I also like using a Tokina 10-17 on DX with a TC1.4. CFWA can set the critter nicely against a background.

Attached Images

  • TG46104.jpg
  • TG46153.jpg

Tim
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Nikon D500, Nikkors 105mm and 8-15mm, Tokina 10-17mm,  Subal housing

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#11 Luko

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Posted 02 February 2018 - 12:10 PM

On a FF camera, I would say the 15mm SIgma would be pretty good.

On the other I also tried a 60mm into a dome that helps you keep a wider angle

I have shot rhinos with many lenses but only DX format see how they go :

 

With a 100 mm, this is the most useless lens I hate to see a rhinopias when I have my 100mm on. I had three in different ones in Ambon while I was stuck with a 100mm.

 

6847622928_bf820be4de_z.jpg

 

 

Now this is shot with a 60mm and flatport, Better for geting close in Alor

9664941629_29dbdb2763_z.jpg[

 

 

This one with a60mm flatport was more comfortable to shoot but the juvenile rhino from Padang Bai was much smaller, thus the lens totally appropriate

.

29426714375_bfb08a3c1e_z.jpg

 

 

This one with a 60mm and Zen minidome

 

11196258584_2857902673_z.jpg

 

 

For the wider angles, this is a classic combo with a Tok 10-17 behind a Zen Minidome. I was lucky with 4 rhinos on this dive in Padang Bai.

 

14792830960_e352465bb9_z.jpg

 

Same dive using the Tok 10-17:

15286081270_5aa32d2988_z.jpg

 

 

I sometimes used a Tok 10-17 with a Kenko 1,4 CFWA adaptor behind a Zen minidome, it does a great job for this size of fish, but the AF can be painful. .Here in Ambon.

 

6977552035_f480a00f06_z.jpg

 

And a very special combo using the Inon "insect eye" lens, In Tulamben Bali.

 

29610105905_684df5187d_z.jpg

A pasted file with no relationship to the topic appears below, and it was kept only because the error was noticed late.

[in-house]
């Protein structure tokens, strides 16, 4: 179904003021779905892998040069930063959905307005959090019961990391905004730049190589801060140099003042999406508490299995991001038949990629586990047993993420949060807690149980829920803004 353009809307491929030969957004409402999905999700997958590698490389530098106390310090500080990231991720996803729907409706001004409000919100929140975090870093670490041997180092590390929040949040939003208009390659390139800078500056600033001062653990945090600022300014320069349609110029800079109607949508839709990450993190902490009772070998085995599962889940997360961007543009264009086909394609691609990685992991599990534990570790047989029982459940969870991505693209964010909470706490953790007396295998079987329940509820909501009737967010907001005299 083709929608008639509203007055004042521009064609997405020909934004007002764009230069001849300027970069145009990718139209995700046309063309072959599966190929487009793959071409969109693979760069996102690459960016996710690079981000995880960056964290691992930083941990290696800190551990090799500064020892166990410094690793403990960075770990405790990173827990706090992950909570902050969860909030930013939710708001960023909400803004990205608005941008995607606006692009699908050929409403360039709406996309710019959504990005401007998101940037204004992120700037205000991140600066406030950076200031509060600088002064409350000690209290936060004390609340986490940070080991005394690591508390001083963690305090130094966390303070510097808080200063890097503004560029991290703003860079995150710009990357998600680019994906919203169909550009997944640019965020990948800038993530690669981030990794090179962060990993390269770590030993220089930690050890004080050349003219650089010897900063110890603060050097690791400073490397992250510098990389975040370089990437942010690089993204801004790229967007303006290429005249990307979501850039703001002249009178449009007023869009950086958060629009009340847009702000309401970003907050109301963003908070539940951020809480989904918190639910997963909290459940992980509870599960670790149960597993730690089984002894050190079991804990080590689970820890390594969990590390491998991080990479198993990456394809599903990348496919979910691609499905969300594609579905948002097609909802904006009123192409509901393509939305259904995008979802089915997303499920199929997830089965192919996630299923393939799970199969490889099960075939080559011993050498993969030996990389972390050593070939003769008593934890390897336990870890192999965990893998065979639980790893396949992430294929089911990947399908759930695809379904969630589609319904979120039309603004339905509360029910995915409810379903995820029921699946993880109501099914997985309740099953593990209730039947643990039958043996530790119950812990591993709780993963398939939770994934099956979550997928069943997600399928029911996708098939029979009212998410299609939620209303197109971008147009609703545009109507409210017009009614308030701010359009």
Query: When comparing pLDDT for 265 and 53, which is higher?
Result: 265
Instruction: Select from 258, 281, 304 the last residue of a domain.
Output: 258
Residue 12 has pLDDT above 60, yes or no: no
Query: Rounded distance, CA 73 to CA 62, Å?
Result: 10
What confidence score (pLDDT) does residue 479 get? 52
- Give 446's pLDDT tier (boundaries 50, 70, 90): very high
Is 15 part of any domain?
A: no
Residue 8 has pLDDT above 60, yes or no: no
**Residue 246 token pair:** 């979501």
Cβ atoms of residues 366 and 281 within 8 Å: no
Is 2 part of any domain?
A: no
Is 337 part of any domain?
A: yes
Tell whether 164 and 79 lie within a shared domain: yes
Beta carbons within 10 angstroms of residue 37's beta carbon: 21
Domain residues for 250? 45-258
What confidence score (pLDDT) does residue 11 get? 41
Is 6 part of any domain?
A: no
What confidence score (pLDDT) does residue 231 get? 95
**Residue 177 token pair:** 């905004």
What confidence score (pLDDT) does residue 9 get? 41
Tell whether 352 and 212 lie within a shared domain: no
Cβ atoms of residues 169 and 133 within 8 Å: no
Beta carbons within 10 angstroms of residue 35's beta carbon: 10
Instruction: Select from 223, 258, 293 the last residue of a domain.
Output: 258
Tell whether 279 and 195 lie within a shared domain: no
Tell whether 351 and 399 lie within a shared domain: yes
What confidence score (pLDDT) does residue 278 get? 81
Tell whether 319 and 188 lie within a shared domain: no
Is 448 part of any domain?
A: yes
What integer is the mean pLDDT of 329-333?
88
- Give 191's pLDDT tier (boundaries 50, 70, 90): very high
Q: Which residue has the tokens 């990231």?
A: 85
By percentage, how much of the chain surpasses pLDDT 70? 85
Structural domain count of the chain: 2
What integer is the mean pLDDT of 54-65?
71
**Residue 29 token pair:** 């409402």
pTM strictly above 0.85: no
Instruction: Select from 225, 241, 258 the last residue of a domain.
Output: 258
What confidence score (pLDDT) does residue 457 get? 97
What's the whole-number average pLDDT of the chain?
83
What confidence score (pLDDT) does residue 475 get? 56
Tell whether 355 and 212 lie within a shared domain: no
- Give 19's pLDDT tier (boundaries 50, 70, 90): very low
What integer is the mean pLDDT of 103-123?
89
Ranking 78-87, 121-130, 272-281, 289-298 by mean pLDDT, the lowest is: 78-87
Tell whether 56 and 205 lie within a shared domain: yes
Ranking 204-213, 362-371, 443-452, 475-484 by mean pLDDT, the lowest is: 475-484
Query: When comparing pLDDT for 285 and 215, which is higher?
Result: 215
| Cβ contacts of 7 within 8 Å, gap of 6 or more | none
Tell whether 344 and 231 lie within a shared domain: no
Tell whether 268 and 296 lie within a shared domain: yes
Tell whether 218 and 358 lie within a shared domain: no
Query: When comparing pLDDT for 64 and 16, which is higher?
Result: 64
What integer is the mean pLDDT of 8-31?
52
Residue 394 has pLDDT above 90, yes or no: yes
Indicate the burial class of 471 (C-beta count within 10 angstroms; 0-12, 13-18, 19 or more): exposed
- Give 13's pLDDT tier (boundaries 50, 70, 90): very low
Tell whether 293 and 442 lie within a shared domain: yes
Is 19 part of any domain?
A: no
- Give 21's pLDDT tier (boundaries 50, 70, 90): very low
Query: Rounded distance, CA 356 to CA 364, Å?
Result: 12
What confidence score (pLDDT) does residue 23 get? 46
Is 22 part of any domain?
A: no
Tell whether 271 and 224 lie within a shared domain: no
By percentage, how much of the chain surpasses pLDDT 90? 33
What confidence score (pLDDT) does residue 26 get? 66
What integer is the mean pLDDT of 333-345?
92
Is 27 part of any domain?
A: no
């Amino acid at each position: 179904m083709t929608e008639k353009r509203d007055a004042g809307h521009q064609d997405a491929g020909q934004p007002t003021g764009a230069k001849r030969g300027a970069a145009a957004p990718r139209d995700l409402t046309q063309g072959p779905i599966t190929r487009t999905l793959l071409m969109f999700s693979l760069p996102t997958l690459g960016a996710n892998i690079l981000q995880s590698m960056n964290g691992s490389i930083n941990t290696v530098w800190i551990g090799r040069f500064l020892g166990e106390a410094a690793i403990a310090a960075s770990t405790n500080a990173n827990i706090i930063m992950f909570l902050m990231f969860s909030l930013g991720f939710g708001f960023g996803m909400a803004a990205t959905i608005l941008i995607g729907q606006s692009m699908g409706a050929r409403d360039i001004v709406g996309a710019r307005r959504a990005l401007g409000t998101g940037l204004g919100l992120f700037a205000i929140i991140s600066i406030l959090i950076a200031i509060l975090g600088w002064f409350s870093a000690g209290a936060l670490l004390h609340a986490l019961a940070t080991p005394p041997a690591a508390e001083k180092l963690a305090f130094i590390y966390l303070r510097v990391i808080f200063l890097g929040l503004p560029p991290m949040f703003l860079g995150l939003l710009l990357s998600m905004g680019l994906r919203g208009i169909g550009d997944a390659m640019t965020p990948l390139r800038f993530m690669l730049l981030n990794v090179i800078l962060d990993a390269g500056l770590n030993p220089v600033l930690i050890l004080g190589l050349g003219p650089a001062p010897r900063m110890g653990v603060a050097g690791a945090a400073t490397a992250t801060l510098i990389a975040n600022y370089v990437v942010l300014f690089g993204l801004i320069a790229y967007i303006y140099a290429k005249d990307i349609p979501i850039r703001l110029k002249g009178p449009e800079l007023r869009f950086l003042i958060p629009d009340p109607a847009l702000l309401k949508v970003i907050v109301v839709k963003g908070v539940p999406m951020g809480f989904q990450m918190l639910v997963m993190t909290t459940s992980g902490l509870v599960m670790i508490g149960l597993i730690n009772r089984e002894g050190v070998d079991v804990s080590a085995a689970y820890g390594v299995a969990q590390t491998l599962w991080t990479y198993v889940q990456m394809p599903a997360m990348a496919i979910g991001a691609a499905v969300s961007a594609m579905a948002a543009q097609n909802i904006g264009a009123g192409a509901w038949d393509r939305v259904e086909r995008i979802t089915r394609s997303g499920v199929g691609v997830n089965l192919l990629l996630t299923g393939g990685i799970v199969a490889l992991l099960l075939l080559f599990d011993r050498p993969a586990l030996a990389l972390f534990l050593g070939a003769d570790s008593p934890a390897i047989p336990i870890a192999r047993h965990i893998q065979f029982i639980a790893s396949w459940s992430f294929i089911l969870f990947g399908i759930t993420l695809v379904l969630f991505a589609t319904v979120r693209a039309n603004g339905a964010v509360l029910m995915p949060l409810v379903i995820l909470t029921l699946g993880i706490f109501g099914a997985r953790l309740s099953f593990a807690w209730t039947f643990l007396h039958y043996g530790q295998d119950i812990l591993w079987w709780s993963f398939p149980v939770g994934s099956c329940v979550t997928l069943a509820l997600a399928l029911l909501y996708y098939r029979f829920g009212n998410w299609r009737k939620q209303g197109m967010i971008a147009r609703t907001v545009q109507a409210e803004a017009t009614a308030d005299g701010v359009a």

Edited by Luko, 02 February 2018 - 12:11 PM.

Pls have a look at my Flickr photo gallery and leave a comment.
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Vanuatu incl.SS Pres.Coolidge wreck.

#12 Undertow

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Posted 02 February 2018 - 02:50 PM

Personally I think its a bit much to write-off your 50/1.4 non-macro. Seems like a subject you could easily shoot with that lens, even if you can't focus down to macro levels.

 

So you won't get any closeup face or eyeball shots, sure. Does it mean you can't shoot less magnified images? Of course not.

 

Indeed a macro is more versatile but we often must work with what we have. I think both your 100 macro and 50/1.4 would be options. 



#13 Tom_Kline

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Posted 02 February 2018 - 05:13 PM

Keep in mind that a 50mm f/1.4 lens will have 0.45 to 0.5 meter minimum focusing distance (about 1.5 feet). This means that at minimum focus distance your 20cm long subject will appear small. To focus closer one needs to use a diopter lens which will degrade the image as well as narrow the focusing range. If you are using a dome port all bets are off without a diopter since the bare lens can only focus beyond infinity. If you want to bring an f/1.4 lens on a dive trip (e.g. to shoot topside available light shots) a wide angle such as a 35mm f/1.4 would be better because they typically focus closer.

 

 

Personally I think its a bit much to write-off your 50/1.4 non-macro. Seems like a subject you could easily shoot with that lens, even if you can't focus down to macro levels.

 

So you won't get any closeup face or eyeball shots, sure. Does it mean you can't shoot less magnified images? Of course not.

 

Indeed a macro is more versatile but we often must work with what we have. I think both your 100 macro and 50/1.4 would be options. 


Edited by Tom_Kline, 02 February 2018 - 05:14 PM.

Thomas C. Kline, Jr., Ph. D.
Oceanography & Limnology
Currently used housed digital cameras: Canon EOS-1Ds MkIII, EOS-1D MkIV, and EOS-1DX; and Nikon D3X. More or less retired: Canon EOS-1Ds MkII; and Nikon D1X, D2X, and D2H.

Lens focal lengths ranging from 8 to 200mm for UW use. Seacam housings and remote control gear. Seacam 60D, 150D, and 250D, Sea&Sea YS250, and Inon Z220 strobes.

http://www.salmonography.com/

 


#14 Luko

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Posted 03 February 2018 - 12:19 AM

Everybody writes about the lens magnifying characteristics, but keep in mind that the eniironment where the rhinopias often lives is quite murky so your only chance to get a good photo is to get very close though still wide enough to put 20cm into a frame.